Even when you dead, Apple lock you in to their closed ecosystem !
A bereaved man has launched a legal bid to force Apple to unlock his late mother's two-year-old iPad. Josh Grant, a 26-year-old Londoner, told the Beeb he did not know his mum's Apple ID and password. The fruity firm then refused to open up the fondleslab (presumably locked to her Apple ID) even though he has sent them copies …
Whilst one could appreciate the need for security by Apple but this is taking things far too far. If a death certificate is good enough for every other body on the planet then why isn't it good enough for Apple?
I've just gone through the mechanics of sorting out my mother's estate (what was left of it after the care home charges) and everyone I had dealt with were fantastic and every so supportive.
Apple need to have a damned good look at themselves here.
Worse than that, they have supplied the will, which presumably says that her 'estate' goes to the sons. All of your digital life should also be part of your estate, especially so if the deceased used money to establish parts of that digital estate.
My commiserations on the loss of your Mum.
Well if you don't want stuff passed to your heirs, you say in your will "don't pass XYZ to my heirs". Otherwise what's in the will is your, er, will. If you die intestate, then there are rules about it, essentially it goes to your relatives in sequence of closeness. Not happy with that game, write a will so you are happy. Easy.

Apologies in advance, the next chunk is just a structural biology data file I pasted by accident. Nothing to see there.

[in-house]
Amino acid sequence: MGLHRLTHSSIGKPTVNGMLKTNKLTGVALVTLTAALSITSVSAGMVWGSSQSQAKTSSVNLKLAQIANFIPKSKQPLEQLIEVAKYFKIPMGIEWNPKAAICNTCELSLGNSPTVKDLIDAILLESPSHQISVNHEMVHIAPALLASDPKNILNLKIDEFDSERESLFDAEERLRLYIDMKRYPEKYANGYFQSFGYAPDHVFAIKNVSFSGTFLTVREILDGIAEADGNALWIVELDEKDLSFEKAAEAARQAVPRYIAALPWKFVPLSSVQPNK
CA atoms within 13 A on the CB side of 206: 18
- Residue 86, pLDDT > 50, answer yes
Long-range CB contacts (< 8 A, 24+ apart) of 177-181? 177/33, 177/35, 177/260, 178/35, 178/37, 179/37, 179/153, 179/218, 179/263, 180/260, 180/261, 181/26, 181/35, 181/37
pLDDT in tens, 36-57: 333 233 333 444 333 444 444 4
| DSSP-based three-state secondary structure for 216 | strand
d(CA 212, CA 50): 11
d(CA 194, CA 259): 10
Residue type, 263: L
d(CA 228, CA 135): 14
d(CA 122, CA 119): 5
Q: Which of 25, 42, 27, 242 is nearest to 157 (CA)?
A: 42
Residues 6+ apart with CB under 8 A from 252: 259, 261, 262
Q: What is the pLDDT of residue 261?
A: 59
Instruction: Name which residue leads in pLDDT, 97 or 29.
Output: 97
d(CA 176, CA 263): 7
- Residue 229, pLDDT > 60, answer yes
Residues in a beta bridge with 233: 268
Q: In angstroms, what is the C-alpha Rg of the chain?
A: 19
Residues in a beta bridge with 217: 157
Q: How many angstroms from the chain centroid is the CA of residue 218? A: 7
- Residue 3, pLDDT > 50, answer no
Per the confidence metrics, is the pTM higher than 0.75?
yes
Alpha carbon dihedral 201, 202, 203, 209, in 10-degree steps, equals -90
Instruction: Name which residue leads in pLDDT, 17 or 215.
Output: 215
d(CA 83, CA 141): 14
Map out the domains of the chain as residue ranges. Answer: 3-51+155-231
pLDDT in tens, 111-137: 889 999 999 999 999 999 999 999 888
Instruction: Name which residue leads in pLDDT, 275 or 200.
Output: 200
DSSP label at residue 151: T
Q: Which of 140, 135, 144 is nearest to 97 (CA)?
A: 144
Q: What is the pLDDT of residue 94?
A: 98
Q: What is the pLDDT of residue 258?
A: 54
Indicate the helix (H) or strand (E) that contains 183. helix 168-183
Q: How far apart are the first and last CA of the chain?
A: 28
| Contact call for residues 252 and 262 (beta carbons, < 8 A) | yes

Small pedantic point, but under most circumstances you'd need a grant of probate to deal with the estate, not just a death certificate. The solicitors in this case would know the rules and have one if necessary. The Court gives probate once it's happy the deceased is dead and that his or her estate has cleared its debts with HMRC (Inheritance Tax), and the person claiming to be the executor is the right person. After that the very purpose of the Grant is to say to all and sundry "John Doe is dead, this proves I can act on his behalf" to save going through this court order nonsense Apple has decided it requires.
I think Apple's stance is that "We don't know it's her iPad, and under data protection we can't tell you that." which is an obtuse reading of the legislation at best.
Good Grief! What absolute fuckwits downvoted BongoJoe's post? There are 6 of you (so far), who need to seriously re-assess you pathetic fanboi attachment to a giant corporation that really couldn't care less about you. It's not like his criticism was in any way unfair, or unreasonable.
Yes, Apple make some very good kit. However their approach to the law in some of the countries they operate in sucks farts from dead cats (to borrow a descriptive phrase from a friend of mine).
If a death certificate and proof that you're executor is enough to open up access to bank accounts, then it should be damned well good enough for Apple. They really do need to sort themselves out, and stop being such idiots.
I completely agree when my Mum died my old man simply had to provide a death certificate to Barclays to have all her savings transferred to his HSBC account, a completely different bank and it was all done and dusted within 4 days! It took longer to cancel her magazine subscriptions!